If you've been following the developments behind Google Project Ara's modular smartphone, chances are you know who Dave Hakkens is. Famous for being the man behind Phonebloks, which inspired Project Ara, Hakkens has just expressed his thoughts on Project Ara and what it has become.
Hakkens believes a lot has changed since the idea behind Phonebloks was conceived. The original modular smartphone platform was developed to eliminate electronic waste (e-waste) and would be a truly open platform where manufacturers could embrace it and develop components that were interchangeable.
The Phonebloks creator beleives the biggest change, which he consideres a "BIG DEAL," is that the platform is no longer as modular as initially conceptualised. While initially all the components could be swapped in or out, Google has now made the RAM, the processor, the display and the antenna a part of the system skeleton.
While Phonebloks was designed to ensure that one's smartphone never became obsolete, users will be forced to ditch their devices every few years with the current design, as 2GB RAM will just not be enough. Haakens was also unhappy about the fact that a broken screen would also effectively mean that the entire skeleton would need to be replaced.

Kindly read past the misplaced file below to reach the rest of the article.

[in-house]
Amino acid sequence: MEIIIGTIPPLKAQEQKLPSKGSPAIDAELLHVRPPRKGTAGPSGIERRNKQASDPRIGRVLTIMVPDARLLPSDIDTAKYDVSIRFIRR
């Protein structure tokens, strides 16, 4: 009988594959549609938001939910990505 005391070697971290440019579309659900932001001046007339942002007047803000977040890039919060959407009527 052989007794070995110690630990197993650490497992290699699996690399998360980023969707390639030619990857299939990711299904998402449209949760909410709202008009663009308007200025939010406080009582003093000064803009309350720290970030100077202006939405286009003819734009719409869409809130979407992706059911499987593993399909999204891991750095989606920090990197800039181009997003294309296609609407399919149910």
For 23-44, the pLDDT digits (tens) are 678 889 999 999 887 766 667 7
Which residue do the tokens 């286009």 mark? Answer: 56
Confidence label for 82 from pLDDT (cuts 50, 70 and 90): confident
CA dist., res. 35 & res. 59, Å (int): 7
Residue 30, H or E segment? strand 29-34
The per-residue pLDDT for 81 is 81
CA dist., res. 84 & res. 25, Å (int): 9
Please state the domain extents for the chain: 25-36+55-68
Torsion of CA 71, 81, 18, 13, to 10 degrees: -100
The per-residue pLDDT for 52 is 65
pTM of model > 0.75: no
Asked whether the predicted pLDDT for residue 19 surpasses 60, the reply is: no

Hakkens was very happy with how the design has evolved to look more like what Phonebloks had been envisioned. He also said he believed the new design would result in longer lifespans.
What Hakkens wasn't happy with, though, was the fact that Google was now behind Project Ara.
"Originally their goal was to 'create a phone for the entire world', we loved this," Hakkens wrote. "Ara is built on open standards, and developers can develop their own modules. Which is great. It creates and ecosystem of modules. However, it isn't truly open."
Apparently Project Ara is controlled a little too much by Google, which, if it wished, could make a change to the way the modules are connected and effectively render all the modules designed for it obsolete.
"If Google truly wants to make a phone for the entire world, they should collaborate with others and make an open standard owned by the industry. Not one company, [sic]" Hakkens wrote.
Hakkens' advice to Google was to make a phone that's truly one for the entire world as opposed to one that sold well.